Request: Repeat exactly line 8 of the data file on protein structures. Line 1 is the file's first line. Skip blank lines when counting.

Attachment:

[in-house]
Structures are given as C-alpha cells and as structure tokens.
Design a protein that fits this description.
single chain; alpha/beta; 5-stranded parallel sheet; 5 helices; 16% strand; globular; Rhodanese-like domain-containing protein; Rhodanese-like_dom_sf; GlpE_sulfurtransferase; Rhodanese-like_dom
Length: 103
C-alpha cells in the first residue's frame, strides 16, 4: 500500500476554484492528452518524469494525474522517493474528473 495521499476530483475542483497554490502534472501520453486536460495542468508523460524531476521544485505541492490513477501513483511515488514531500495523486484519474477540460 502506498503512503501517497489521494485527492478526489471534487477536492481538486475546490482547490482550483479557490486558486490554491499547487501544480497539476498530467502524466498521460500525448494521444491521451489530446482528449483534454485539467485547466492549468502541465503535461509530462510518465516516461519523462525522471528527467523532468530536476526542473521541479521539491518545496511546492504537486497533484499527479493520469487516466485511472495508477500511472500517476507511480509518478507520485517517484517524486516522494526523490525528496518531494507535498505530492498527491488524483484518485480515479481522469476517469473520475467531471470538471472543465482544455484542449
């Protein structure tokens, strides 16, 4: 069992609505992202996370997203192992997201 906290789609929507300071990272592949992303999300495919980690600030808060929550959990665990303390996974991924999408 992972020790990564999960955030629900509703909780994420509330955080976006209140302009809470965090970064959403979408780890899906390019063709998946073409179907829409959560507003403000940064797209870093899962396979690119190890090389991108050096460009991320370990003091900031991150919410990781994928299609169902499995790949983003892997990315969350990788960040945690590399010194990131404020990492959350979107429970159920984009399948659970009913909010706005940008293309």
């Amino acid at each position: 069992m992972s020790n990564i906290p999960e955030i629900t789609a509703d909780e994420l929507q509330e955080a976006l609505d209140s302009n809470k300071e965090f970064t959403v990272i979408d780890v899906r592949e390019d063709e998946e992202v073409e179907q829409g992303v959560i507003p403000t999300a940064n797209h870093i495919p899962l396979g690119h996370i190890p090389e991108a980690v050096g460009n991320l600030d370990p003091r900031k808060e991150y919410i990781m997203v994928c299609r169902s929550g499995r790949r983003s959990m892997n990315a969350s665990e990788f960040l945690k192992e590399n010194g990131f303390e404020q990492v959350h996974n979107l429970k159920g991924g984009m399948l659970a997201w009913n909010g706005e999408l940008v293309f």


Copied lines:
């Amino acid at each position: 069992m992972s020790n990564i906290p999960e955030i629900t789609a509703d909780e994420l929507q509330e955080a976006l609505d209140s302009n809470k300071e965090f970064t959403v990272i979408d780890v899906r592949e390019d063709e998946e992202v073409e179907q829409g992303v959560i507003p403000t999300a940064n797209h870093i495919p899962l396979g690119h996370i190890p090389e991108a980690v050096g460009n991320l600030d370990p003091r900031k808060e991150y919410i990781m997203v994928c299609r169902s929550g499995r790949r983003s959990m892997n990315a969350s665990e990788f960040l945690k192992e590399n010194g990131f303390e404020q990492v959350h996974n979107l429970k159920g991924g984009m399948l659970a997201w009913n909010g706005e999408l940008v293309f």